It started all the way at the beginning in the 05-06 school year when the state legislature (in response to federal requirements) dictated that schools adopt policies for student health by the summer of 06. When we adopted our student health policy, we had leadership from within with a school board member whose training and background is as an RN, and we hired a nutritionist from our district and had student and parent volunteers providing sound recommendations. So it had a chance right away to be a dynamic document, not a dead-on-arrival dust-gatherer like so many policies that exist in name and number only.
When we wanted to integrate our School Wellness Council with school improvement, we knew we weren't alone and wouldn't be declared to be inhabiting the lunatic fringe, because we have had partners in the Kearney and Lincoln districts who were already finding correlations between BMI and fitness test results with scores and grades. And we had the courage to push forward because our state Board of Education and our state department of Ed have adopted a state level Coordinated School Health policy. So now we are examining risk and protective factor data along with Fitnessgram results when we are talking about state test results and other achievement indicators.
When we wanted to integrate daily fresh fruit and vegetable snacks in the Elementary, we got tips and strategies from parents who serve as early childhood care providers and preschool educators.
And when we wanted to offer a fun family fitness activity that promoted the crazy concept of mothers and fathers being active together with their children, we worked with Angry Cow Adventures and other local health and fitness vendors like NE Surf Company to sponsor an annual outdoor adventure race at a state park in our district.
We believe our results academically bear out the importance of a balanced curricular approach. We don't relegate any subject area to marginalized status, we value how the holistic educational experience enhances and complements results across the board. We are into curricular integration and we make an earnest commitment to the success of every individual learner on our campus.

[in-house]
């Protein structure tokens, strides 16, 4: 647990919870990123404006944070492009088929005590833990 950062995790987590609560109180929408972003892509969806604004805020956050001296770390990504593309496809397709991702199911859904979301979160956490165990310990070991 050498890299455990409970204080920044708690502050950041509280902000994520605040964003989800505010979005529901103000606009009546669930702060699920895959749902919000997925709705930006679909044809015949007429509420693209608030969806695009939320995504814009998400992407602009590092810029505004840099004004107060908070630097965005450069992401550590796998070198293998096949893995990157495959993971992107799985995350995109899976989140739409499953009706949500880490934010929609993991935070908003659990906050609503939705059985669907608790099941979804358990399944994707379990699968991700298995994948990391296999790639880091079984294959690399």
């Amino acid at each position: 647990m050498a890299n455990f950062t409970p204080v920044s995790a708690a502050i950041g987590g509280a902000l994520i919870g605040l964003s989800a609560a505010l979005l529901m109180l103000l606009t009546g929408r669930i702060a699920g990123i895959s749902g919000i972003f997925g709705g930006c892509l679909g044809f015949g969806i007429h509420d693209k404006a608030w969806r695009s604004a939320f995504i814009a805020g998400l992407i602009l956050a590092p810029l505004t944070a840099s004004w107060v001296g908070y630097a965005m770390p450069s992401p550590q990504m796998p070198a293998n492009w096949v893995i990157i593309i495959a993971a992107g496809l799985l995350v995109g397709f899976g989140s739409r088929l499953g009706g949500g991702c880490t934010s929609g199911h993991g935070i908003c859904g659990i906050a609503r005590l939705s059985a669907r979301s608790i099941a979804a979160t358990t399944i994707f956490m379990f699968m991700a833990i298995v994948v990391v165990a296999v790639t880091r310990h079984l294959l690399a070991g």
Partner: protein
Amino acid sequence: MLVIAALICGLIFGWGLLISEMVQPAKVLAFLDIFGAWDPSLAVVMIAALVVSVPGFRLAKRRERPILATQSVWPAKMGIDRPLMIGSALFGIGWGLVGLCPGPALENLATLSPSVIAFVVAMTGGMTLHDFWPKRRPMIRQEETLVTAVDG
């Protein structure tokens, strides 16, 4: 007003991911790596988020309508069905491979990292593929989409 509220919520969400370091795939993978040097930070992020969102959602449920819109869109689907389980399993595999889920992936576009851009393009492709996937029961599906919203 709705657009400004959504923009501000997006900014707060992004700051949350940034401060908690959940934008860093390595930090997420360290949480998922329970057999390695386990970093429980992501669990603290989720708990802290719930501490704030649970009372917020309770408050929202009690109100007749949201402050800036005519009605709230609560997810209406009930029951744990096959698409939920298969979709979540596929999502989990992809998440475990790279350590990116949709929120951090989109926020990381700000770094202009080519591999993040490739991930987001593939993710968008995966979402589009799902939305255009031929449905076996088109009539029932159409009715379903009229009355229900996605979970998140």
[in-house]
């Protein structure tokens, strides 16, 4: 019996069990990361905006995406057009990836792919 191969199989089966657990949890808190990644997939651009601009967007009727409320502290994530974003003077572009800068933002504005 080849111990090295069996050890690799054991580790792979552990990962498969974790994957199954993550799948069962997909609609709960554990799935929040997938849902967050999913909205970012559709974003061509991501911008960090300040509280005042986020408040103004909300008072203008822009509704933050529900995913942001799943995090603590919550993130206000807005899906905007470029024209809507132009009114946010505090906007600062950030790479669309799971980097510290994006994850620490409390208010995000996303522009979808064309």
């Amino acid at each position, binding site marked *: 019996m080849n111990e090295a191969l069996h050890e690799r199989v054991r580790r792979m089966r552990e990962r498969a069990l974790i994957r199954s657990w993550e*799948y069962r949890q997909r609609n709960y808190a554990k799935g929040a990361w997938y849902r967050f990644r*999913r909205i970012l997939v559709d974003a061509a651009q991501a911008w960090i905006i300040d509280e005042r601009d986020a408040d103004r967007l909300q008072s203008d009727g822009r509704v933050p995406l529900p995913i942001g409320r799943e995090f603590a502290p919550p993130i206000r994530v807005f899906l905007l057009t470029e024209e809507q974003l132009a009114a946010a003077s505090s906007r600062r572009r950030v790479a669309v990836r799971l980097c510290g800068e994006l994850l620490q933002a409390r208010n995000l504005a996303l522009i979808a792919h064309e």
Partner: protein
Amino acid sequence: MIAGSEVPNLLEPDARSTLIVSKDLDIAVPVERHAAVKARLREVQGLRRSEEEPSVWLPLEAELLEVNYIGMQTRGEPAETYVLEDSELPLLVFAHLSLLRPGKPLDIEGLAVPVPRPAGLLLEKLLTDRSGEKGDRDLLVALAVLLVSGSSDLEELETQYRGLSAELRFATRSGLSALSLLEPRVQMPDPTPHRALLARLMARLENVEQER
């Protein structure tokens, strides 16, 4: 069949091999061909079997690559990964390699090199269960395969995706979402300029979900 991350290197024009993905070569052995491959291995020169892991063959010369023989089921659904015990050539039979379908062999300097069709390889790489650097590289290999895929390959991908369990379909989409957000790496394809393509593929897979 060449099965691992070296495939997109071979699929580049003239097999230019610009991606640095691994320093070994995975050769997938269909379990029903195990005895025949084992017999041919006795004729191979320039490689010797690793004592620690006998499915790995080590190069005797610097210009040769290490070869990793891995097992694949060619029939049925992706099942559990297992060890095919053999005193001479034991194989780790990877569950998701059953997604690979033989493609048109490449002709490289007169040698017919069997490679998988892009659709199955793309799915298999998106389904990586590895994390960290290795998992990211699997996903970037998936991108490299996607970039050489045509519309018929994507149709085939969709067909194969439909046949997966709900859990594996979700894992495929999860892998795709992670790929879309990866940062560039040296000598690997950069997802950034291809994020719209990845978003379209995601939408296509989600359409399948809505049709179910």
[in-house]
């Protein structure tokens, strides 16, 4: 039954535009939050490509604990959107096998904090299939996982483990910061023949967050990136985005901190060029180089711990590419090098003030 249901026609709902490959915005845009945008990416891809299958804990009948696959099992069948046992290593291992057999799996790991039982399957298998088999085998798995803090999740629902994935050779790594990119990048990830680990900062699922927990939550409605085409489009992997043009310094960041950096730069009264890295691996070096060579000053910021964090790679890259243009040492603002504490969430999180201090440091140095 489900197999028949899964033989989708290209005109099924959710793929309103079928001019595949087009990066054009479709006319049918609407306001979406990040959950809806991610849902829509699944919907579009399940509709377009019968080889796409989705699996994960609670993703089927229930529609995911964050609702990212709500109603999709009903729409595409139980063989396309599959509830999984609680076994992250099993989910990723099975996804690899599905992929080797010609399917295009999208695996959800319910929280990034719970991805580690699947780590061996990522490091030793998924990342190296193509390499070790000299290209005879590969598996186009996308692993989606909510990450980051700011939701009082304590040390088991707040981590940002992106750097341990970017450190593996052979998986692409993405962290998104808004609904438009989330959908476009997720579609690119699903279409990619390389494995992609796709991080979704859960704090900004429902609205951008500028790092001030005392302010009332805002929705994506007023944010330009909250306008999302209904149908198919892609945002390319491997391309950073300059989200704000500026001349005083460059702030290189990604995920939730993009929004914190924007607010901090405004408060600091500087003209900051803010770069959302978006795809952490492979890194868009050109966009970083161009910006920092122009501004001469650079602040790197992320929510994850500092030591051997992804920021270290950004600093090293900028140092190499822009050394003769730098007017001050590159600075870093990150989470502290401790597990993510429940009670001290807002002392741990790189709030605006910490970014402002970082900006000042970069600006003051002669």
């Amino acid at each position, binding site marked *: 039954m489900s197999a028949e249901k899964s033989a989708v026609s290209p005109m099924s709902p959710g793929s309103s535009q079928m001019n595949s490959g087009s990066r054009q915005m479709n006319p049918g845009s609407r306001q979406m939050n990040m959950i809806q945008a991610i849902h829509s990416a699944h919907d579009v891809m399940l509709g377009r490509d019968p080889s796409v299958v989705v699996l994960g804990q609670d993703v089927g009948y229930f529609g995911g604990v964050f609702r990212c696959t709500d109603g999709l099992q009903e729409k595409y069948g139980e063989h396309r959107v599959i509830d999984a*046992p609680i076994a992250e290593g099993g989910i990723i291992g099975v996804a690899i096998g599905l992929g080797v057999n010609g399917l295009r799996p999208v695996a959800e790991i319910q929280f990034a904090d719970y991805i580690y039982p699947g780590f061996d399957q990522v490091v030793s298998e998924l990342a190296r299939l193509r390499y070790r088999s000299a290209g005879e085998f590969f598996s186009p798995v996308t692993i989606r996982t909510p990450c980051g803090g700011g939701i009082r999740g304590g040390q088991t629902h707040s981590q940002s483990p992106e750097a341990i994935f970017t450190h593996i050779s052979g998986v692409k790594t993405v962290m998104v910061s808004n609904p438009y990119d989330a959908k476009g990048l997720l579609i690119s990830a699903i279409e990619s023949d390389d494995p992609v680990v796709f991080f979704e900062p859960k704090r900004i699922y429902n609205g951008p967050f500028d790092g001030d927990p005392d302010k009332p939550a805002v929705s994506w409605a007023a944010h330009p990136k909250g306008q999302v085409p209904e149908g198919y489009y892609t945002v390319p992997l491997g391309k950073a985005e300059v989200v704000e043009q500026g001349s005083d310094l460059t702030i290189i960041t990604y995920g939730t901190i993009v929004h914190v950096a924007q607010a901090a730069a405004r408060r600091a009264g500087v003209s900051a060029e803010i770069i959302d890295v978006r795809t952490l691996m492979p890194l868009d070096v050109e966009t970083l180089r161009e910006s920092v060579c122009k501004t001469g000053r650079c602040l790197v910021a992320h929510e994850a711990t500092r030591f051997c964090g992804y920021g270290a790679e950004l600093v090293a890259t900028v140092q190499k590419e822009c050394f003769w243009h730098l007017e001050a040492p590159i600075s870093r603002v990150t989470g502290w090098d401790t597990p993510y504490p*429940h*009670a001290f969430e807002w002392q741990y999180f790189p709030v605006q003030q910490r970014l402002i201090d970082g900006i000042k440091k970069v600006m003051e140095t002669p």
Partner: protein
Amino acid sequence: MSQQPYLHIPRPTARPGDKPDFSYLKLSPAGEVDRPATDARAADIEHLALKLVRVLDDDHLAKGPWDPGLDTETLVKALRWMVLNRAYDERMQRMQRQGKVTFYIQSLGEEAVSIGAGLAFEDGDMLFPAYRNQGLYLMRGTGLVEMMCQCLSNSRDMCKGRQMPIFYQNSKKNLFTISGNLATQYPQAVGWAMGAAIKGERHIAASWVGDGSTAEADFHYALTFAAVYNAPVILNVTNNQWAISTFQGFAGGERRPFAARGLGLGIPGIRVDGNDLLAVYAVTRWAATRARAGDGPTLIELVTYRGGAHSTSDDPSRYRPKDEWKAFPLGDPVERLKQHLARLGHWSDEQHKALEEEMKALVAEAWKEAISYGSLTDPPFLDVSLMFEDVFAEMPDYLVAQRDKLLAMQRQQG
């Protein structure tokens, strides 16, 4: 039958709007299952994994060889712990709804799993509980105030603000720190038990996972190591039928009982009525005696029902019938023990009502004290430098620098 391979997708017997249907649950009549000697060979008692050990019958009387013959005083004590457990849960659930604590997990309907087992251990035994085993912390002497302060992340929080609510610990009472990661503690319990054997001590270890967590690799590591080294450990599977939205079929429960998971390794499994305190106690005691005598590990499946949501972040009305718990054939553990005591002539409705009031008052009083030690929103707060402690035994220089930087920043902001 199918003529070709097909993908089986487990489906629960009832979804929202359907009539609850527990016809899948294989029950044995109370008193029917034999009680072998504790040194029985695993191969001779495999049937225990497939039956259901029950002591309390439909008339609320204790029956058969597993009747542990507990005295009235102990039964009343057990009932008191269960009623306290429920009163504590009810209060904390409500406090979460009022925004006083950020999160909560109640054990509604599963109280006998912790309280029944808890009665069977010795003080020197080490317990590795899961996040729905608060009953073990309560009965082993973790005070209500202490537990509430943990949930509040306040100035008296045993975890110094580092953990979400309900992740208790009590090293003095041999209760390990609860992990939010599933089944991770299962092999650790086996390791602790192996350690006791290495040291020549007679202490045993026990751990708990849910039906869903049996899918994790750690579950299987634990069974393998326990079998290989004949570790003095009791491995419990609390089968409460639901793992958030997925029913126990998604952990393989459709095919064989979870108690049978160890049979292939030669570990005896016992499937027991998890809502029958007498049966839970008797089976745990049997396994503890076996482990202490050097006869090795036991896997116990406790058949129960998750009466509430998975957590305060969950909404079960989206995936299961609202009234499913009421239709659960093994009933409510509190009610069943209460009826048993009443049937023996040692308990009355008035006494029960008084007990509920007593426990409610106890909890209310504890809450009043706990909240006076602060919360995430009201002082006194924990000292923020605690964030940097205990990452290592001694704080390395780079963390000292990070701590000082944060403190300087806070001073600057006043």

We have the highest ACT scores we have had in 5 years with a 23.7 average, we have a 99% graduation rate, and when computing mandatory state rest results across all grades tested- three through eight and eleven, we have among the best cumulative percent proficient scores in reading and math in the state.
We believe schools should embrace this coordinated curricular approach as instrumental, not an optional or peripheral endeavor.
Our mission is clear, and unlike what one might commonly encounter, we consider mission first and we believe ours is memorably succinct, not rhetorically cluttered. We guarantee quality learning experiences so that every individual learner thrives as a productive, lifelong citizen.
If the things we are doing as a school district are contributing factors in a cultural epidemic that results in reduced life expectancies for our students, how can we claim we are fulfilling our mission!? We cannot.
So we are striving to fulfill our mission. Like many Alliance partner schools, we have a long way to go and lots of room for further improvement, but we are committed to this journey and believe that through the power of public and private partnerships, we will continue to succeed and help students flourish.